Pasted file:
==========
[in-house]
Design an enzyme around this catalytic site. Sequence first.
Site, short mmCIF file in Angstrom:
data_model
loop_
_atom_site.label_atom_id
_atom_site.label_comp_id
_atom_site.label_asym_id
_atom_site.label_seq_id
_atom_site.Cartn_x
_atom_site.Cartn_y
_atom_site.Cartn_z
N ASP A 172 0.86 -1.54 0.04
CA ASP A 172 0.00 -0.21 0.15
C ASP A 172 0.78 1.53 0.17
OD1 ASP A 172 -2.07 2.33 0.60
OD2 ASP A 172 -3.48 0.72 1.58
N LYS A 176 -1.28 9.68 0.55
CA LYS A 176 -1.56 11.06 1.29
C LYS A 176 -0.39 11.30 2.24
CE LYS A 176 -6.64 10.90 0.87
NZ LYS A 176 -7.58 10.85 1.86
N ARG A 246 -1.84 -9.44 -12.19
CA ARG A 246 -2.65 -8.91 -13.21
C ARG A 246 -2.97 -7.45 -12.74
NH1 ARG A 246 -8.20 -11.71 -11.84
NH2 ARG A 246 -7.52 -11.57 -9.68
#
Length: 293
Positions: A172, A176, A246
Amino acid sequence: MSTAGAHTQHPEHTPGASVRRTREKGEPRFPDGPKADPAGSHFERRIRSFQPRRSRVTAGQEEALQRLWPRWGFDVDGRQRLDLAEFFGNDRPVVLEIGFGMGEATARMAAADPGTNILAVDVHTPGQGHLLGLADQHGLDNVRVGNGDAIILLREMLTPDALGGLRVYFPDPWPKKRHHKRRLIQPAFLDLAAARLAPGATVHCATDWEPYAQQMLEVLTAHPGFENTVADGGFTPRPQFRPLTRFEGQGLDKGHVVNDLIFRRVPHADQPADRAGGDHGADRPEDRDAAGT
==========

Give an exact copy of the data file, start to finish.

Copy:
[in-house]
Design an enzyme around this catalytic site. Sequence first.
Site, short mmCIF file in Angstrom:
data_model
loop_
_atom_site.label_atom_id
_atom_site.label_comp_id
_atom_site.label_asym_id
_atom_site.label_seq_id
_atom_site.Cartn_x
_atom_site.Cartn_y
_atom_site.Cartn_z
N ASP A 172 0.86 -1.54 0.04
CA ASP A 172 0.00 -0.21 0.15
C ASP A 172 0.78 1.53 0.17
OD1 ASP A 172 -2.07 2.33 0.60
OD2 ASP A 172 -3.48 0.72 1.58
N LYS A 176 -1.28 9.68 0.55
CA LYS A 176 -1.56 11.06 1.29
C LYS A 176 -0.39 11.30 2.24
CE LYS A 176 -6.64 10.90 0.87
NZ LYS A 176 -7.58 10.85 1.86
N ARG A 246 -1.84 -9.44 -12.19
CA ARG A 246 -2.65 -8.91 -13.21
C ARG A 246 -2.97 -7.45 -12.74
NH1 ARG A 246 -8.20 -11.71 -11.84
NH2 ARG A 246 -7.52 -11.57 -9.68
#
Length: 293
Positions: A172, A176, A246
Amino acid sequence: MSTAGAHTQHPEHTPGASVRRTREKGEPRFPDGPKADPAGSHFERRIRSFQPRRSRVTAGQEEALQRLWPRWGFDVDGRQRLDLAEFFGNDRPVVLEIGFGMGEATARMAAADPGTNILAVDVHTPGQGHLLGLADQHGLDNVRVGNGDAIILLREMLTPDALGGLRVYFPDPWPKKRHHKRRLIQPAFLDLAAARLAPGATVHCATDWEPYAQQMLEVLTAHPGFENTVADGGFTPRPQFRPLTRFEGQGLDKGHVVNDLIFRRVPHADQPADRAGGDHGADRPEDRDAAGT